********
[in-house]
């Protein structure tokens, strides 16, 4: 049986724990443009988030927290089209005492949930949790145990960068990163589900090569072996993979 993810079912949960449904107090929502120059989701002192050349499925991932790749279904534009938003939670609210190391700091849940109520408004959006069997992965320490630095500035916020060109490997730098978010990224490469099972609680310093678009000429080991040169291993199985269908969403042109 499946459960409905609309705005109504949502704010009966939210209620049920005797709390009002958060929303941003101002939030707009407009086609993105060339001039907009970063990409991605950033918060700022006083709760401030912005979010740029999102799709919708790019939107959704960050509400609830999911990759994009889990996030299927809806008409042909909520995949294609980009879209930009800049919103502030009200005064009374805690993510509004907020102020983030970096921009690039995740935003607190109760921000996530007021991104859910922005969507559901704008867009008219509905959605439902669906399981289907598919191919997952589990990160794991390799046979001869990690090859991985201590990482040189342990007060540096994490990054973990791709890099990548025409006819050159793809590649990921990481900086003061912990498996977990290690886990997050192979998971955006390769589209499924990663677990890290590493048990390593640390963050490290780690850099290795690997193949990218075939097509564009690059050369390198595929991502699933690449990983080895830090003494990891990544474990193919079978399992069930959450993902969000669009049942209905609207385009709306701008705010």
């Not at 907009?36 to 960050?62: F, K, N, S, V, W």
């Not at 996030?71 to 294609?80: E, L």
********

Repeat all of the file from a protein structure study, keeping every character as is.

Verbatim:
[in-house]
């Protein structure tokens, strides 16, 4: 049986724990443009988030927290089209005492949930949790145990960068990163589900090569072996993979 993810079912949960449904107090929502120059989701002192050349499925991932790749279904534009938003939670609210190391700091849940109520408004959006069997992965320490630095500035916020060109490997730098978010990224490469099972609680310093678009000429080991040169291993199985269908969403042109 499946459960409905609309705005109504949502704010009966939210209620049920005797709390009002958060929303941003101002939030707009407009086609993105060339001039907009970063990409991605950033918060700022006083709760401030912005979010740029999102799709919708790019939107959704960050509400609830999911990759994009889990996030299927809806008409042909909520995949294609980009879209930009800049919103502030009200005064009374805690993510509004907020102020983030970096921009690039995740935003607190109760921000996530007021991104859910922005969507559901704008867009008219509905959605439902669906399981289907598919191919997952589990990160794991390799046979001869990690090859991985201590990482040189342990007060540096994490990054973990791709890099990548025409006819050159793809590649990921990481900086003061912990498996977990290690886990997050192979998971955006390769589209499924990663677990890290590493048990390593640390963050490290780690850099290795690997193949990218075939097509564009690059050369390198595929991502699933690449990983080895830090003494990891990544474990193919079978399992069930959450993902969000669009049942209905609207385009709306701008705010």
């Not at 907009?36 to 960050?62: F, K, N, S, V, W």
């Not at 996030?71 to 294609?80: E, L």